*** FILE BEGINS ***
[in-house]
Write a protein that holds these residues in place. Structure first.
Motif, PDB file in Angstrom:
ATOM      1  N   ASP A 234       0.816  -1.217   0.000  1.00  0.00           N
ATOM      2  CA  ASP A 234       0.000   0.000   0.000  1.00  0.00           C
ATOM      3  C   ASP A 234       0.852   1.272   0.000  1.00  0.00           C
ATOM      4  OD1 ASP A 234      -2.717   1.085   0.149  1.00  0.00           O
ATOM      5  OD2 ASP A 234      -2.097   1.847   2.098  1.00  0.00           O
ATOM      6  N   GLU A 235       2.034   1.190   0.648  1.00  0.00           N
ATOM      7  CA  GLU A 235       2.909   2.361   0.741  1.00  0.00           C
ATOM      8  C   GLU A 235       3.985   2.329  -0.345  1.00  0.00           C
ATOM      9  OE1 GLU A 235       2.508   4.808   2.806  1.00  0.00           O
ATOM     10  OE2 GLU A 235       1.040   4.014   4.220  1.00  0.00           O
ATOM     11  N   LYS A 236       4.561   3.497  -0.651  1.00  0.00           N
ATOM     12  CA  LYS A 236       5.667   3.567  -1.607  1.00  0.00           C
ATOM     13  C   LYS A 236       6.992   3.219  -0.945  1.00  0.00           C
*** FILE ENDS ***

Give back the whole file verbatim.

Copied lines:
[in-house]
Write a protein that holds these residues in place. Structure first.
Motif, PDB file in Angstrom:
ATOM      1  N   ASP A 234       0.816  -1.217   0.000  1.00  0.00           N
ATOM      2  CA  ASP A 234       0.000   0.000   0.000  1.00  0.00           C
ATOM      3  C   ASP A 234       0.852   1.272   0.000  1.00  0.00           C
ATOM      4  OD1 ASP A 234      -2.717   1.085   0.149  1.00  0.00           O
ATOM      5  OD2 ASP A 234      -2.097   1.847   2.098  1.00  0.00           O
ATOM      6  N   GLU A 235       2.034   1.190   0.648  1.00  0.00           N
ATOM      7  CA  GLU A 235       2.909   2.361   0.741  1.00  0.00           C
ATOM      8  C   GLU A 235       3.985   2.329  -0.345  1.00  0.00           C
ATOM      9  OE1 GLU A 235       2.508   4.808   2.806  1.00  0.00           O
ATOM     10  OE2 GLU A 235       1.040   4.014   4.220  1.00  0.00           O
ATOM     11  N   LYS A 236       4.561   3.497  -0.651  1.00  0.00           N
ATOM     12  CA  LYS A 236       5.667   3.567  -1.607  1.00  0.00           C
ATOM     13  C   LYS A 236       6.992   3.219  -0.945  1.00  0.00           C